Silver Screen: Magic in the Moonlight **
Say what you will about Woody Allen, what you think about Woody Allen says a lot about you. Allen is a curiosity of psychology— for many reasons, a lot of them pretty obvious— but not least because he and his attendant filmography construe a kind of living Rorschach test.
You can love the nonconfrontational silliness of his squeaky-clean standup act and early comedies like Take the Money and Run and Bananas, the ribald absurdities of post-sexual-revolution farces Sleeper and Everything You Always Wanted to Know About Sex, or the soft charms of his jaunty, mannered period pieces like Sweet and Lowdown and Midnight in Paris. Brooders can dig the existential satire of Deconstructing Harry or the self-consciously dour knockoffs of cerebral European dramas. Maybe you’re put off by Allen’s mid-career shift toward morose family melodramas like Interiors and September, or tire of the stammering and the repetition and the eloquent nastiness.
Or maybe you just find Woody creepy. His deeply troubling personal history is understandable cause for a boycott; even in the best-case scenario, he sets an all-time world record for Most Smoke Where There Is No Fire.
I prefer the more positive— maybe Panglossian— approach that an artist should be valued according to their best work. Ignore the rest. It’s not as though to watch Annie Hall you must first pay the toll of sitting through Curse of the Jade Scorpion. Allen has released a film every year since 1982, almost reflexively. It’s his process. The late-period gem Blue Jasmine might not have existed without the creative momentum that necessitated the frivolity of To Rome with Love or the abject stinker Scoop. Consistency is a reasonable sacrifice for the reward of occasional brilliance.
To that end, Magic in the Moonlight is a kind of pleasant obligation. The film lacks immediacy or traces of real inspiration, but it’s charming enough, like an amiable stranger whose good humor helps pass the time during a mandatory social engagement. It’s the cinematic equivalent of small talk.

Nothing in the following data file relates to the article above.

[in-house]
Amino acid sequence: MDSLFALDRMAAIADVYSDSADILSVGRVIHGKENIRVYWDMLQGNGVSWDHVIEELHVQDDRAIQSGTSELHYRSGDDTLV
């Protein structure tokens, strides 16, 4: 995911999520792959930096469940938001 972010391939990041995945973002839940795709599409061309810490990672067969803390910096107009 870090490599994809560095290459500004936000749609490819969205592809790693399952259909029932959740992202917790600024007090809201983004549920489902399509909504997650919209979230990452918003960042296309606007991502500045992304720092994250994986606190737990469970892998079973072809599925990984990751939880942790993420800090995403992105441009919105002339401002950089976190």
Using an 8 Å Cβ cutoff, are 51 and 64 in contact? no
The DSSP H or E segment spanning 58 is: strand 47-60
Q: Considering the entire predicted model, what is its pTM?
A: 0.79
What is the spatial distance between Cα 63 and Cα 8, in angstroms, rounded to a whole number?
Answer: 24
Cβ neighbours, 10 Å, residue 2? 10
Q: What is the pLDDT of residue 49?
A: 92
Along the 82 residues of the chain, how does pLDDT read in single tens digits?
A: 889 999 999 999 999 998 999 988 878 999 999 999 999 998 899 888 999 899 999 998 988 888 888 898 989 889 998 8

Colin Firth stars as Stanley, a magician who performs in the kind of garish, stereotypical Orientalist drag that was still acceptable at the tail end of the Roaring Twenties. Stanley is also a renowned skeptic and dedicated atheist who sidelines as a debunker of spiritualist charlatans. His Fu Manchu garb serves a dual purpose: It not only lends faux exoticism to his act, it also disguises his face so that he’s able to infiltrate the world of fakers and frauds.
Stanley’s old pal and rival illusionist Howard (Simon McBurney) presents him with an exciting challenge. A wealthy friend of Howard’s has fallen under the spell of cutie-pie psychic Sophie (Emma Stone), and the family’s heir, lovelorn Brice (Hamish Linklater), has pledged to marry her and share his fortune. Howard was unable to prove that Sophie’s supernatural talents were a moneymaking ruse, so he asks Stanley to visit their country estate in the guise of an interested stranger and reveal her as a fraud. But when Stanley can’t find any trickery behind Sophie’s clairvoyance, it opens his eyes to new possibilities— including big feelings for the little medium.
Magic in the Moonlight’s greatest asset is Firth, who is a fine match for Allen’s acerbic curmudgeon archetype. He has great fun tossing off caustic quips like “Autographs are for mental defectives” or the more broad dismissal, “It’s all phony, from the séance table to the Vatican and beyond!” But aside from Stanley and his charming, elderly aunt (Eileen Atkins), most of the characters spend their time directly discussing their motivations and delivering stilted lines of exposition, all while lounging around gorgeously designed sets and beautifully photographed scenery. Linklater is goofily charming as a wealthy dope who compulsively serenades Sophie with his ukulele, but he’s onscreen briefly. At least he’s better served than Stanley’s poor plot device of a fiancée (Catherine McCormack), who’s saddled with the stiffest of the movie’s many pained lines when she gamely tries to deliver the improbable sentence, “You’ve said it yourself several times, Stanley, we are a match made in heaven.”
The movie might still work if there were any chemistry between the two leads, who are separately appealing— emphasis on “separate.” The age disparity is certainly a problem, but not one quite as insurmountable as the absolute lack of any reason for Sophie to have interest in a cold, unfriendly stage magician born just after the end of the Civil War. A key plot twist late in the movie— one that should come as little surprise to anyone familiar with Allen’s worldview— only makes her attraction less likely in retrospect.
This time around Allen aims for pleasant frivolity but achieves, at best, only a lack of unpleasantness, making the title unfortunately ironic. There’s not much magic in anything this programmatic.
It’s okay, Woody. Maybe you’ll get ‘em with your forty-sixth movie.
Follow Bryan Miller on Twitter@bmillercomedy.